Ethical Theory and Moral Practice 21 (3):685-698 (2018)

Authors
Dietmar Hübner
Universität Hannover
Lucie White
Utrecht University
Abstract
The prospective introduction of autonomous cars into public traffic raises the question of how such systems should behave when an accident is inevitable. Due to concerns with self-interest and liberal legitimacy that have become paramount in the emerging debate, a contractarian framework seems to provide a particularly attractive means of approaching this problem. We examine one such attempt, which derives a harm minimisation rule from the assumptions of rational self-interest and ignorance of one’s position in a future accident. We contend, however, that both contractarian approaches and harm minimisation standards are flawed, due to a failure to account for the fundamental difference between those ‘involved’ and ‘uninvolved’ in an impending crash. Drawing from classical works on the trolley problem, we show how this notion can be substantiated by reference to either the distinction between negative and positive rights, or to differences in people’s claims. By supplementing harm minimisation with corresponding constraints, we can develop crash algorithms for autonomous cars which are both ethically adequate and promise to overcome certain significant practical barriers to implementation.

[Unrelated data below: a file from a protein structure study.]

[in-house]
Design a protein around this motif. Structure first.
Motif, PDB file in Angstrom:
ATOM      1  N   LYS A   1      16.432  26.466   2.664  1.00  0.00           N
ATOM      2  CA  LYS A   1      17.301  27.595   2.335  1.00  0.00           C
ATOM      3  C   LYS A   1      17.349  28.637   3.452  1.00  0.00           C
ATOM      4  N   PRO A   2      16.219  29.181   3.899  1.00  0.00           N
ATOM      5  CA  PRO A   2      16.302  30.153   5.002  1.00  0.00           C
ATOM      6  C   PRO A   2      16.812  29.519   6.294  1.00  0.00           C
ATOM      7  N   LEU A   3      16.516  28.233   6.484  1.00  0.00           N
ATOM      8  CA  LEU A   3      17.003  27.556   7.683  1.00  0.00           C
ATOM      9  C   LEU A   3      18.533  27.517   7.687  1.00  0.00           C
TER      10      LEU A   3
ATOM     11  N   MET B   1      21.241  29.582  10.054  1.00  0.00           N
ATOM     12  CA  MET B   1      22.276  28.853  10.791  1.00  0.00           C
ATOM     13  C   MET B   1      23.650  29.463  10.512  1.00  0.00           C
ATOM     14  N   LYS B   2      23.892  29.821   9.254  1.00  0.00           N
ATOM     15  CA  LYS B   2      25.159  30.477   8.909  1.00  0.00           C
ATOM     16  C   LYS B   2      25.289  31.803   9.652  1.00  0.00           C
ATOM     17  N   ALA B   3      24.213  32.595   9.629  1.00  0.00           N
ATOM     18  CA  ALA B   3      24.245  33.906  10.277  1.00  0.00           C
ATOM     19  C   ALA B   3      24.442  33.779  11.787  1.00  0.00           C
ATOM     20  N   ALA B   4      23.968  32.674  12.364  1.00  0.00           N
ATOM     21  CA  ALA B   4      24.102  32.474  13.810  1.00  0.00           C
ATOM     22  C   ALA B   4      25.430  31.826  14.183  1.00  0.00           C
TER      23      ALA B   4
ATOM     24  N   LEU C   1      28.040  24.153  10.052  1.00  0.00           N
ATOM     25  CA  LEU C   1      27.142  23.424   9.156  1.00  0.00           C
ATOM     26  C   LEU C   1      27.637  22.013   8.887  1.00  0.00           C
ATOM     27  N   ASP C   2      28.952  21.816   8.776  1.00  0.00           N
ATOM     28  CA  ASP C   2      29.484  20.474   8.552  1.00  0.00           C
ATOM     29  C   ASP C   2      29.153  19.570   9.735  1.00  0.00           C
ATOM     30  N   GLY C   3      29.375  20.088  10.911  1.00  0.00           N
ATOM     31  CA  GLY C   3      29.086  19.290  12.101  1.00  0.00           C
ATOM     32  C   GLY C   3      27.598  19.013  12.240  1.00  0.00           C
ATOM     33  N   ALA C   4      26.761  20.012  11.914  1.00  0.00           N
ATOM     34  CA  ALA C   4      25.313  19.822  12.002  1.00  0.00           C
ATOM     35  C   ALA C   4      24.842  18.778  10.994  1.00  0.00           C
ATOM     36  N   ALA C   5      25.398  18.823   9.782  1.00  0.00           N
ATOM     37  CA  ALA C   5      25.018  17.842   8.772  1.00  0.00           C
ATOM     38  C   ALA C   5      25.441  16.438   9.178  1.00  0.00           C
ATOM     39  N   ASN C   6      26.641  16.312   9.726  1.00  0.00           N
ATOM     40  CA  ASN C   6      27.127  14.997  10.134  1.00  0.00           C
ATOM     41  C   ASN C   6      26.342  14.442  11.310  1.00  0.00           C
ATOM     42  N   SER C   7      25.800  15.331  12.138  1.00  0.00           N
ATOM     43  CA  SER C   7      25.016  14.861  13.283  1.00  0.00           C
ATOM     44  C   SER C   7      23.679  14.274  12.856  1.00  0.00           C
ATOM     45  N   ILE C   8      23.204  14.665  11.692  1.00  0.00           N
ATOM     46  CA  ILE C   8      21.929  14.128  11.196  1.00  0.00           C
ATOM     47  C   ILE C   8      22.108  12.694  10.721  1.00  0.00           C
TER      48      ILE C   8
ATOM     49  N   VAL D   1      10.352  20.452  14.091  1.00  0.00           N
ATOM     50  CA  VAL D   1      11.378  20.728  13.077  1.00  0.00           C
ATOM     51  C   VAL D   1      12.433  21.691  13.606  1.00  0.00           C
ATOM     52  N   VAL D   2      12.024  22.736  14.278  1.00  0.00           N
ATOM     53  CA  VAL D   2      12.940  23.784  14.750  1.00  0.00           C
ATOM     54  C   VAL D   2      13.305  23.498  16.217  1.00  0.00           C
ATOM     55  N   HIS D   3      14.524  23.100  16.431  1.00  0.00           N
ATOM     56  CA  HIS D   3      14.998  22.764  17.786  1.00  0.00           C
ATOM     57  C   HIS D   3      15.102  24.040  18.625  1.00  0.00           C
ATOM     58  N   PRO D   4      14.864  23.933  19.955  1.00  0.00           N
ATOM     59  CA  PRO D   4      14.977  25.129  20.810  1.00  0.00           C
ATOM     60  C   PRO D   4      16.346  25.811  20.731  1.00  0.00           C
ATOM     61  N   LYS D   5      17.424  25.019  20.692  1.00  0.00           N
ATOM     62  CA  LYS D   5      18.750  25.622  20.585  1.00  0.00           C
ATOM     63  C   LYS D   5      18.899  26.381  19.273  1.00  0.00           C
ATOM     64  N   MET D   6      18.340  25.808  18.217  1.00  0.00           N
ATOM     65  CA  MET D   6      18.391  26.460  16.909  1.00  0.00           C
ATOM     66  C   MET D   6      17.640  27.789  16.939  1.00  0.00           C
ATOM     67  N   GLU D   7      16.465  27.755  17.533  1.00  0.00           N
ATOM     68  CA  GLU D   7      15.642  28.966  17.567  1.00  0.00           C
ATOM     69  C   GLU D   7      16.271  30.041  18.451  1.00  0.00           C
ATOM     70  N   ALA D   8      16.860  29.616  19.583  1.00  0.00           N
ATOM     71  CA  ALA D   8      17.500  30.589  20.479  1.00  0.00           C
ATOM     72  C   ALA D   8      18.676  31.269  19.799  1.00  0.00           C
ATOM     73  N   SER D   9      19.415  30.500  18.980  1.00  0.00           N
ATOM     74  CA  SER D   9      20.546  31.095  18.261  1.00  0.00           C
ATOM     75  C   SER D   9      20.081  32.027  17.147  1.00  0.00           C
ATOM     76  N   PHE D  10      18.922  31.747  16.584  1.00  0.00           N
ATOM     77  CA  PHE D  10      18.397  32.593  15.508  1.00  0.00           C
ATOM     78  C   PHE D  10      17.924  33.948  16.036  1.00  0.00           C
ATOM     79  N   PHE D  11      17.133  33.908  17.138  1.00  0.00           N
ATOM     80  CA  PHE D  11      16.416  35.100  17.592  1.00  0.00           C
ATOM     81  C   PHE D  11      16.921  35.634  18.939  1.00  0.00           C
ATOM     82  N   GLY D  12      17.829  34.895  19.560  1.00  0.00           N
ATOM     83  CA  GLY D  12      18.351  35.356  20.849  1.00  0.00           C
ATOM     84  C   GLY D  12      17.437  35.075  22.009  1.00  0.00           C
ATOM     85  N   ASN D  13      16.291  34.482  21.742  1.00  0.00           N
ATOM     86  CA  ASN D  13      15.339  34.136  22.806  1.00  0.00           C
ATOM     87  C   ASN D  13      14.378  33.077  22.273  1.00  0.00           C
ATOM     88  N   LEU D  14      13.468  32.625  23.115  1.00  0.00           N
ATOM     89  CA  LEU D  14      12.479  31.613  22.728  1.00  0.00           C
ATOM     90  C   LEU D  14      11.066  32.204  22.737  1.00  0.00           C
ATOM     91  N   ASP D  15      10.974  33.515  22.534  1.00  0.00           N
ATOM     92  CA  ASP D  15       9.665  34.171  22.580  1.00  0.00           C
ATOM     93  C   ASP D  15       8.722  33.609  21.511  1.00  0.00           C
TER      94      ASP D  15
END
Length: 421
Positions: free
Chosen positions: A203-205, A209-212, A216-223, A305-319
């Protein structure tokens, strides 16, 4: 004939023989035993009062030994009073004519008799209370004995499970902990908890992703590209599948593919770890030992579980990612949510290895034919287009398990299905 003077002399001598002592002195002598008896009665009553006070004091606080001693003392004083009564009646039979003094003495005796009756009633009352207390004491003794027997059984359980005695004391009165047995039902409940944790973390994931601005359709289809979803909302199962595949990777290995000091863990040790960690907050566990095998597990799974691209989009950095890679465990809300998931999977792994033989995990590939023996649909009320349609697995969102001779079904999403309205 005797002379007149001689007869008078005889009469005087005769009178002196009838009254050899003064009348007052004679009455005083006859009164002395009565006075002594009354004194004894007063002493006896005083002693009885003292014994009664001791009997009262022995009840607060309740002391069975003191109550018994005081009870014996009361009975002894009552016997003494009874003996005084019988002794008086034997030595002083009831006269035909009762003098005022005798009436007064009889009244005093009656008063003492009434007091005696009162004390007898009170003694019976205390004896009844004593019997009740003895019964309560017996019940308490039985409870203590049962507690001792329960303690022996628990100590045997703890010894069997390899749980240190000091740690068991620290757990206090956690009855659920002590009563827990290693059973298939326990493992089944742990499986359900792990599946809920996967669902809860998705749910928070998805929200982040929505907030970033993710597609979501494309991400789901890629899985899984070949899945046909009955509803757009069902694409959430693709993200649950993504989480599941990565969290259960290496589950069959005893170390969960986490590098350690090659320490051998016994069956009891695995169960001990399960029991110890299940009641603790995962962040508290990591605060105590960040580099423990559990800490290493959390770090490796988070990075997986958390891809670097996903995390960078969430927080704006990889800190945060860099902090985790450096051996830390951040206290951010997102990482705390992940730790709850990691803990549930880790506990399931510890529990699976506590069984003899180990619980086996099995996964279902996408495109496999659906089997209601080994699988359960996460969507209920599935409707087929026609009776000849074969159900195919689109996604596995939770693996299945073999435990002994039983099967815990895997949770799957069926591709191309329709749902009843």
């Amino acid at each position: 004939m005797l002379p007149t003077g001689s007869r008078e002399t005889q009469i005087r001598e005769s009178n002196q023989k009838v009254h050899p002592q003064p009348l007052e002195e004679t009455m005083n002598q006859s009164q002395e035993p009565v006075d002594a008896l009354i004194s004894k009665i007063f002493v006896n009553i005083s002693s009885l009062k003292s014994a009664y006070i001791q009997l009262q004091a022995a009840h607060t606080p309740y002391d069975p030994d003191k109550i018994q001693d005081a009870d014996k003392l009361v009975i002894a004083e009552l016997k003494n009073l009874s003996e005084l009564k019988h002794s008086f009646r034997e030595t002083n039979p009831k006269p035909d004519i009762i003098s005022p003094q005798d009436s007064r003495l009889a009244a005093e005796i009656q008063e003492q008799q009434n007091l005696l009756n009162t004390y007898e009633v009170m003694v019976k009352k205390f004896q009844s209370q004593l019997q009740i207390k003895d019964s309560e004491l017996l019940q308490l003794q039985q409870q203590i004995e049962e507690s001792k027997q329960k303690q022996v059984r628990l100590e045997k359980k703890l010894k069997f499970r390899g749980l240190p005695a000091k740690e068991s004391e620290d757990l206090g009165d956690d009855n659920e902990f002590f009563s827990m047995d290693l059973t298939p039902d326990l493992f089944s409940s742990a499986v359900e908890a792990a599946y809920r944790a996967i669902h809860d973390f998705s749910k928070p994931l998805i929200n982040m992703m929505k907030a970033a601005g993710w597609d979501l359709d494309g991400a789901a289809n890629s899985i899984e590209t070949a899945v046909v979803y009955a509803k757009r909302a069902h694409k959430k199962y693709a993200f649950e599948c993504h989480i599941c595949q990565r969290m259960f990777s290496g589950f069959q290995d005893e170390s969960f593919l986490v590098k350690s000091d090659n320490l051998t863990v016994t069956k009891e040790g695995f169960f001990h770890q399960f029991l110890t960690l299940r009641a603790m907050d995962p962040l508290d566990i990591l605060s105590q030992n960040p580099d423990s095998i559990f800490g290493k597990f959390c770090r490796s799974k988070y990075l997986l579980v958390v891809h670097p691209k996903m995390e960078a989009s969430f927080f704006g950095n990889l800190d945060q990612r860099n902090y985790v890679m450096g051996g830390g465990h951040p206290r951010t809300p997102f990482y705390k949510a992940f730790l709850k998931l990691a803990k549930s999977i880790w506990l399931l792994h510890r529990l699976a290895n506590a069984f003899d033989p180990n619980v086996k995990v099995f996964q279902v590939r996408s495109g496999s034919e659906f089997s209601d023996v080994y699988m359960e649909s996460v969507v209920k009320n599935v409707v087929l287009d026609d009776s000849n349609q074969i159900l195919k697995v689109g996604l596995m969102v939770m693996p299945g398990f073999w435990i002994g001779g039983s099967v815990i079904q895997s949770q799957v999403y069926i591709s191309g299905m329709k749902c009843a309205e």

Keywords autonomous cars  crash algorithms  harm minimization  trolley problem  self-driving vehicles
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DOI 10.1007/s10677-018-9910-x
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References found in this work BETA

Autonomous Cars: In Favor of a Mandatory Ethics Setting.Jan Gogoll & Julian F. Müller - 2017 - Science and Engineering Ethics 23 (3):681-700.
Morality and the Theory of Rational Behavior.John Harsanyi - 1977 - Social Research: An International Quarterly 44 (4):623-656.

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Citations of this work BETA

How Should Autonomous Vehicles Redistribute the Risks of the Road?Brian Berkey - 2019 - Wharton Public Policy Initiative Issue Brief 7 (9):1-6.

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